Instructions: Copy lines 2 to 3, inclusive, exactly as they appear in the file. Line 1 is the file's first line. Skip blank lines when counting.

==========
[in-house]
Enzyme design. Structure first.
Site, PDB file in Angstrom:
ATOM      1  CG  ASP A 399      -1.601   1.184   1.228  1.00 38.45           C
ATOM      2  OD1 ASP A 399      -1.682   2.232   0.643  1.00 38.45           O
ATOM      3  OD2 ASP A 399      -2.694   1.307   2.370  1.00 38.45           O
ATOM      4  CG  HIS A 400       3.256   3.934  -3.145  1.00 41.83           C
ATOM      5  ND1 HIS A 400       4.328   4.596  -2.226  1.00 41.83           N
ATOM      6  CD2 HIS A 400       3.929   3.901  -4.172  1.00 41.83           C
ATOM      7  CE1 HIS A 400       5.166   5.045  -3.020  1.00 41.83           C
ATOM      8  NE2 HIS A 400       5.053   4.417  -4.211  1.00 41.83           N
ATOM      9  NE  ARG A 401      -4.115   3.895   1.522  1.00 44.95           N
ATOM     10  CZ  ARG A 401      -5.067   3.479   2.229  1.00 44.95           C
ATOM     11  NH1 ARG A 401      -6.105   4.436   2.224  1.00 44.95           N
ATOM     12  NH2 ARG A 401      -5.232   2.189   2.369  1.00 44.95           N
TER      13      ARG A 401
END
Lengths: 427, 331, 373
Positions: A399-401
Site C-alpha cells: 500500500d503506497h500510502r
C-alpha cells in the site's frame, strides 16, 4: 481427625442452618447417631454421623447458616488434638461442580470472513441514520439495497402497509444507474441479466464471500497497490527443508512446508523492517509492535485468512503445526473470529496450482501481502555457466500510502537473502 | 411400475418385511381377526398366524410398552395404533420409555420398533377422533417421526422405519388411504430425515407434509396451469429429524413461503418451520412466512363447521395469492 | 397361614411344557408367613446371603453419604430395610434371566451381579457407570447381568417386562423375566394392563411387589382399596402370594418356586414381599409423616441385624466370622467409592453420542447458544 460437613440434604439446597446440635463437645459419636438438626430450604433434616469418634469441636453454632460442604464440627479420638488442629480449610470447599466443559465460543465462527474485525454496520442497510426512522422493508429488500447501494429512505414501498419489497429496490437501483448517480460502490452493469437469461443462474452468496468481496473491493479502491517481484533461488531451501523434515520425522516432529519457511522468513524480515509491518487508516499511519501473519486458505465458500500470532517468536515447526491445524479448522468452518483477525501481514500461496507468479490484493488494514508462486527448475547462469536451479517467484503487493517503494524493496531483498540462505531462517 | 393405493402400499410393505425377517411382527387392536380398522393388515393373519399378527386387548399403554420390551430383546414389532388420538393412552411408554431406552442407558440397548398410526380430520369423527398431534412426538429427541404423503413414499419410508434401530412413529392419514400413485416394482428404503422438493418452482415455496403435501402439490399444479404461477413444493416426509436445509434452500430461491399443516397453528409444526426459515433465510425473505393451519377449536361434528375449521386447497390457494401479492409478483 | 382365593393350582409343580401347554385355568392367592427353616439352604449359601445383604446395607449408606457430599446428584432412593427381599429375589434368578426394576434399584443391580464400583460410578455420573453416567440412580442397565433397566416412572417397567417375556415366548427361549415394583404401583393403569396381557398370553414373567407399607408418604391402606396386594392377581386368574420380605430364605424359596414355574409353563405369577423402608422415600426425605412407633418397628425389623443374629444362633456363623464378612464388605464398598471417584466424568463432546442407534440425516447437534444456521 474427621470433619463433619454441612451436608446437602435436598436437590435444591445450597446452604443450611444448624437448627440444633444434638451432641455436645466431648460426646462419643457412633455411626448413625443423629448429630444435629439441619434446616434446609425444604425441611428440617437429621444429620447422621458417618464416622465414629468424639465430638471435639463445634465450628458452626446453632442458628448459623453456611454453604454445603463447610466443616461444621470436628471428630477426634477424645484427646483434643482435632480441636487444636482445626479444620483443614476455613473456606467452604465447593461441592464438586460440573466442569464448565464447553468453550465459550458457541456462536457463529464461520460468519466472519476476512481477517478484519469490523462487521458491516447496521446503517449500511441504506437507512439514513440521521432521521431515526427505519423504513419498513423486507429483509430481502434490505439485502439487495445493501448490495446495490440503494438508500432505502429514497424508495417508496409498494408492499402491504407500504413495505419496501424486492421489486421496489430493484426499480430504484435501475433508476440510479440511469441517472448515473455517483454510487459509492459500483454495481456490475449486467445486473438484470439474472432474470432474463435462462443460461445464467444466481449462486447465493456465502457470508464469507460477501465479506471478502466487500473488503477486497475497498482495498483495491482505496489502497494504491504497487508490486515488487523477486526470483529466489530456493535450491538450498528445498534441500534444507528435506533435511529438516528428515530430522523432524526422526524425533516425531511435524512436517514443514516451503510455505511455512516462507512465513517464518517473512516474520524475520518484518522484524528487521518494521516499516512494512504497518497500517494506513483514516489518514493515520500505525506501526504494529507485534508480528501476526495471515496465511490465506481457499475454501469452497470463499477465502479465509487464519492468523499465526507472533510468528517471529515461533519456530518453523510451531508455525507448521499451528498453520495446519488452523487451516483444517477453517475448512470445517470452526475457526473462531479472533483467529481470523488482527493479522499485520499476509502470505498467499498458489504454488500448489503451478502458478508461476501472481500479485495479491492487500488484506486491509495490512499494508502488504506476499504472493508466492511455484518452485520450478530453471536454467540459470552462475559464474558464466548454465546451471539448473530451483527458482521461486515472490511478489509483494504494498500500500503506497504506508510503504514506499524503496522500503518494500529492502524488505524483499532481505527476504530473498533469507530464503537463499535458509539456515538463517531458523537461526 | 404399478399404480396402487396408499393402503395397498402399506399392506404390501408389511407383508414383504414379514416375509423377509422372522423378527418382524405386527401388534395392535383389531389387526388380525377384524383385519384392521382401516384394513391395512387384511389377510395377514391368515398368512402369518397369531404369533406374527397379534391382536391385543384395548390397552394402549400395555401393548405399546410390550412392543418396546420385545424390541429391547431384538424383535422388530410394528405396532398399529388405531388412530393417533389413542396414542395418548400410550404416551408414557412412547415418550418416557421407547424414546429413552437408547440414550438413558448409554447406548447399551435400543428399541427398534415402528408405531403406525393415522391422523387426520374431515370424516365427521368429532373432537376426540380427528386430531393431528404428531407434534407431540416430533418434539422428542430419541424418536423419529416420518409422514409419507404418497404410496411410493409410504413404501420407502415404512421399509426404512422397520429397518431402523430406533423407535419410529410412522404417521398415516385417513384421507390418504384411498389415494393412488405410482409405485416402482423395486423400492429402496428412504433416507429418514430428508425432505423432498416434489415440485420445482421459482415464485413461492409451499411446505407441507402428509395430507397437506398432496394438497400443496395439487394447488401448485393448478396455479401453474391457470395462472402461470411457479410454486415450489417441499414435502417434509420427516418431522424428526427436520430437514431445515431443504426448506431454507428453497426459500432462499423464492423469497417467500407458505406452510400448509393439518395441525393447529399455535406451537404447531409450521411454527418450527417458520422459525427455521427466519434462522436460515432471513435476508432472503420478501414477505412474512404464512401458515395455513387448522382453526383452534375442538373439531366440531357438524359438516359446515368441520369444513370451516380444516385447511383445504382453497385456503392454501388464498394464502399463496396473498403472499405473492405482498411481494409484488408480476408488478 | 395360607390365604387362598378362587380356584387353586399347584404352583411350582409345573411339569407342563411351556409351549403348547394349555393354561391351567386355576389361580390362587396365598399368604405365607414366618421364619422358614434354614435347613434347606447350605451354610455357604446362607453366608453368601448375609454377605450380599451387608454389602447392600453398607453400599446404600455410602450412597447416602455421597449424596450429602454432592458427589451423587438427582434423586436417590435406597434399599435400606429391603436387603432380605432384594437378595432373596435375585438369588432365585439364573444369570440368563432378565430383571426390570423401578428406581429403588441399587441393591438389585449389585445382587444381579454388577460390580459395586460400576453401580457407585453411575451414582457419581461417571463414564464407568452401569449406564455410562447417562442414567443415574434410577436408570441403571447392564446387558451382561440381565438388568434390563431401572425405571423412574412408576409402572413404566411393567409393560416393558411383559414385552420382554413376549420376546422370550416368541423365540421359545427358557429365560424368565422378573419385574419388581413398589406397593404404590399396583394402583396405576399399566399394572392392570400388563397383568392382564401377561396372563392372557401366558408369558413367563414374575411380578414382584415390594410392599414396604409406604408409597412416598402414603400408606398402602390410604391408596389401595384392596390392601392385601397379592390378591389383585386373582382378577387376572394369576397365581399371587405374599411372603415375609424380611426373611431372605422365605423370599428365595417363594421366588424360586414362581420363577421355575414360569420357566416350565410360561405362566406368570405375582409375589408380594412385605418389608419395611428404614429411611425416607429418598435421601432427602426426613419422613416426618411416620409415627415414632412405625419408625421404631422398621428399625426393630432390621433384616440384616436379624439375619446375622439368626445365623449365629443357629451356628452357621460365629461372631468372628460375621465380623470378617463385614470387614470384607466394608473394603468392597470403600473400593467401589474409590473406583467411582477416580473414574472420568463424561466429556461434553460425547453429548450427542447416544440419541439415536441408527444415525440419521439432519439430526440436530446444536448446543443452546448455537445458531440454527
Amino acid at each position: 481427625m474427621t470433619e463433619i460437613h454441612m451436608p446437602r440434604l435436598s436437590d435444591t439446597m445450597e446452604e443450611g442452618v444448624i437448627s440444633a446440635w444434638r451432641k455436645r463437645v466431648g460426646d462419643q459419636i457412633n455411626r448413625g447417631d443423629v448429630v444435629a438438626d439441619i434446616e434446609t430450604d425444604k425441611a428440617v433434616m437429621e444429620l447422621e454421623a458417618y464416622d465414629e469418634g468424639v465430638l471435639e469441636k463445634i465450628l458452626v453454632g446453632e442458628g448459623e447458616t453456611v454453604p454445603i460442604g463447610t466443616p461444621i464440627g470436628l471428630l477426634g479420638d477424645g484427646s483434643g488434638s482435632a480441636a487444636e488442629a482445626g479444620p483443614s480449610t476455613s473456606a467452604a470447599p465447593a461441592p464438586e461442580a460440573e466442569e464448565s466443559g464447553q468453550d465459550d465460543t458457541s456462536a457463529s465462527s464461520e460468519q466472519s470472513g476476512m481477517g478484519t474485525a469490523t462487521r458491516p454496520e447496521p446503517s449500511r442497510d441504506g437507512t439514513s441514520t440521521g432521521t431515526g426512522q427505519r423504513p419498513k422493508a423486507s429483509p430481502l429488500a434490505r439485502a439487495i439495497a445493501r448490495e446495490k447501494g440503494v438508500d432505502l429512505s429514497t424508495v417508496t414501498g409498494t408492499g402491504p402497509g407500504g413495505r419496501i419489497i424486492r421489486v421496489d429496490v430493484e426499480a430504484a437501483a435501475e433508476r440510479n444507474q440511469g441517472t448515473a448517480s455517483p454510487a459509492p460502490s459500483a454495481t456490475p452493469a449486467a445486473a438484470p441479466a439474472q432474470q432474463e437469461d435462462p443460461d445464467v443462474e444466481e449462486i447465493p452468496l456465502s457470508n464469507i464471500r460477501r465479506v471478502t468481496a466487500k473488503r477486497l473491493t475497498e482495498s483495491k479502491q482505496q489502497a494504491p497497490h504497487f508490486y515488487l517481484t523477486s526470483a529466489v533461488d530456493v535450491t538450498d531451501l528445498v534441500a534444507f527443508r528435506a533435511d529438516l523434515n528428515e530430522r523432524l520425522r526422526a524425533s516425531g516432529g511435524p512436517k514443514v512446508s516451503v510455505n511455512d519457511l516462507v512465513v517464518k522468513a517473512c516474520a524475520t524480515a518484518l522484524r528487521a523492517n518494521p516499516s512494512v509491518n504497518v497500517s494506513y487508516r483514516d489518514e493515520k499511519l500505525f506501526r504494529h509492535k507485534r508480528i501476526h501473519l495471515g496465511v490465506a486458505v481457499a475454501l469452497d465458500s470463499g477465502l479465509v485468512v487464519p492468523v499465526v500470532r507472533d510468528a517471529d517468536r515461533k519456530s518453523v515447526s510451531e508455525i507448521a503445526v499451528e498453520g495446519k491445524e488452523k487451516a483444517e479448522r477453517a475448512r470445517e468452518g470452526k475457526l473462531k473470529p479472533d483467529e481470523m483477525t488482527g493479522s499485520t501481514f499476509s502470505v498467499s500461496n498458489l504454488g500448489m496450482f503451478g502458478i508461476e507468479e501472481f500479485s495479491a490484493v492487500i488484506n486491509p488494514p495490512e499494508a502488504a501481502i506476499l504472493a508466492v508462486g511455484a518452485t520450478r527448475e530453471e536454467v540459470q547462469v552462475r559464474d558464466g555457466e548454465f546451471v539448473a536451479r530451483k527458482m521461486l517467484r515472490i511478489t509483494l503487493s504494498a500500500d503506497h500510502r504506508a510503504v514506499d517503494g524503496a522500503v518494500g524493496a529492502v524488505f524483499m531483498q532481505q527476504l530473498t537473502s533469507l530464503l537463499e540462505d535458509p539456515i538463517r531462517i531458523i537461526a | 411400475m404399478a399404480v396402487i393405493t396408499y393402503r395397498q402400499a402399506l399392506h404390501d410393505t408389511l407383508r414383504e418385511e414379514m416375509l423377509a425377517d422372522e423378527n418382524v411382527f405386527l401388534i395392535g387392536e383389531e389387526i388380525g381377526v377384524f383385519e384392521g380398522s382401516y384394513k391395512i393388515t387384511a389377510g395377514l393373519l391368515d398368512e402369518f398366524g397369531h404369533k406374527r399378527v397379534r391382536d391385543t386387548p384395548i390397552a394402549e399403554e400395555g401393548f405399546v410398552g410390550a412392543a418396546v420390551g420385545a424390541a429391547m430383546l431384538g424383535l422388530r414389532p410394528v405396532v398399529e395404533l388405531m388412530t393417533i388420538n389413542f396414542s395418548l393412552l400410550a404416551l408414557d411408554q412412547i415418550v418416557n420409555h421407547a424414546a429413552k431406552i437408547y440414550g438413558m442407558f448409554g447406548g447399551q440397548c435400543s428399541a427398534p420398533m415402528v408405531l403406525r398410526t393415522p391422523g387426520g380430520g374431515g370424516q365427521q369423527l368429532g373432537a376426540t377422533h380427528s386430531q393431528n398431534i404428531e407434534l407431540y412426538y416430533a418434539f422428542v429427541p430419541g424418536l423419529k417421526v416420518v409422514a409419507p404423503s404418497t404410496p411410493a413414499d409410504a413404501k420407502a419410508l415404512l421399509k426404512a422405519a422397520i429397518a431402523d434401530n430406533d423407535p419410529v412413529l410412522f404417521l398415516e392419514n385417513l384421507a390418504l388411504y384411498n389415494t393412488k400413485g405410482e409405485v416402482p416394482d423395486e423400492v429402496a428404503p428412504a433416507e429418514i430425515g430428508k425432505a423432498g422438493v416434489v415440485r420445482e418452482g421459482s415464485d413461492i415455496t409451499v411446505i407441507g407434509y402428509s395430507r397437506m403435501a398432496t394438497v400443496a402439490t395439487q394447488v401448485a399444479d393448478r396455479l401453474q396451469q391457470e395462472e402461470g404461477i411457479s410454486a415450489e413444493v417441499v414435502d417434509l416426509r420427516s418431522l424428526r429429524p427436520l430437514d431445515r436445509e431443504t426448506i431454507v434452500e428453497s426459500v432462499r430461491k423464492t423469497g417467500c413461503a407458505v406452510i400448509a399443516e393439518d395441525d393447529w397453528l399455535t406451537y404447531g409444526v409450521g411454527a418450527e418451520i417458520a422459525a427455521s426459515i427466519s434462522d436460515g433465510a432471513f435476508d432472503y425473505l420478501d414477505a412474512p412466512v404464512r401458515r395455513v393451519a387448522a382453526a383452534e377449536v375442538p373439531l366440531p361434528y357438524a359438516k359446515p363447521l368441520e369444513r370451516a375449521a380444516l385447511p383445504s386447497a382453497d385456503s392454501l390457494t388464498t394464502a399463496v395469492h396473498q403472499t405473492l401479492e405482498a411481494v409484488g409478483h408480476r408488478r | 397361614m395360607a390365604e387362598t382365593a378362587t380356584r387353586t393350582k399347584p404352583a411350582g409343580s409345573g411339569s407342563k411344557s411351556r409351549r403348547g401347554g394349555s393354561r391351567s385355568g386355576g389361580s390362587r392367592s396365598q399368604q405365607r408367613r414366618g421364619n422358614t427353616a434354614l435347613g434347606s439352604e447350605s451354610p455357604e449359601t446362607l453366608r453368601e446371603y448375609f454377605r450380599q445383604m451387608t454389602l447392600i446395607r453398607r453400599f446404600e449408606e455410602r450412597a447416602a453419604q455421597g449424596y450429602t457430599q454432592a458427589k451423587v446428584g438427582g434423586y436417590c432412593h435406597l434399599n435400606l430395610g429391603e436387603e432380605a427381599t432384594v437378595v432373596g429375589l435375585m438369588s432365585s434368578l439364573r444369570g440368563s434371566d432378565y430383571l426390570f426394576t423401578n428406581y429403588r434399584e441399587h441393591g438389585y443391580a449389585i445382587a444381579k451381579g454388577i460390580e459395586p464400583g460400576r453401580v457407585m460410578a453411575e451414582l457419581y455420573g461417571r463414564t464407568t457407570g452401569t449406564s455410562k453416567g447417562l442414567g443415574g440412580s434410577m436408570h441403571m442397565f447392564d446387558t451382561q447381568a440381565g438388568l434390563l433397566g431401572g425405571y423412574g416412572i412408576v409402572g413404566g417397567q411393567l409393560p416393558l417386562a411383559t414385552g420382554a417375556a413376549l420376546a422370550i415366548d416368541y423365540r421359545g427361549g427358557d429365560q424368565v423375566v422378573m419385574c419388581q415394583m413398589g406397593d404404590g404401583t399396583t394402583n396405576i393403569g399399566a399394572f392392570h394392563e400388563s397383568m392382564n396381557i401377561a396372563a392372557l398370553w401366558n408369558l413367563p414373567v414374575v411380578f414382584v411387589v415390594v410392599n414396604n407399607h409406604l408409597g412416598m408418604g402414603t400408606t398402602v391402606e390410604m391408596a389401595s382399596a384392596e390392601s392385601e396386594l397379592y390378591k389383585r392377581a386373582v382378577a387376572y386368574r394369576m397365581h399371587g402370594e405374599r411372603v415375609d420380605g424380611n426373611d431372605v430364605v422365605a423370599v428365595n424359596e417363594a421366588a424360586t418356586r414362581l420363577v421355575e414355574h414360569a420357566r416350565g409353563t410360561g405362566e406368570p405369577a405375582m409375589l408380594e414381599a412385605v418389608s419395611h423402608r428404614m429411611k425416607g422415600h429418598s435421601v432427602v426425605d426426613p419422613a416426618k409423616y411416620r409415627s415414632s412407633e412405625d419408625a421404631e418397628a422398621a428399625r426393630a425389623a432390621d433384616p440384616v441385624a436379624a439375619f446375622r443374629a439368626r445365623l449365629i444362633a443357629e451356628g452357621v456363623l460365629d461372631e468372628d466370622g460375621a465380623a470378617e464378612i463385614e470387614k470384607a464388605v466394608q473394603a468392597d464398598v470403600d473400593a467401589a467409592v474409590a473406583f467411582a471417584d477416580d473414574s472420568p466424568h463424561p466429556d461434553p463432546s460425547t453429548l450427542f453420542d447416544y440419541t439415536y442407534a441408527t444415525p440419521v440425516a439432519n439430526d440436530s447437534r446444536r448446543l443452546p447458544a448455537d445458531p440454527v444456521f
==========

Enzyme design. Structure first.
Site, PDB file in Angstrom: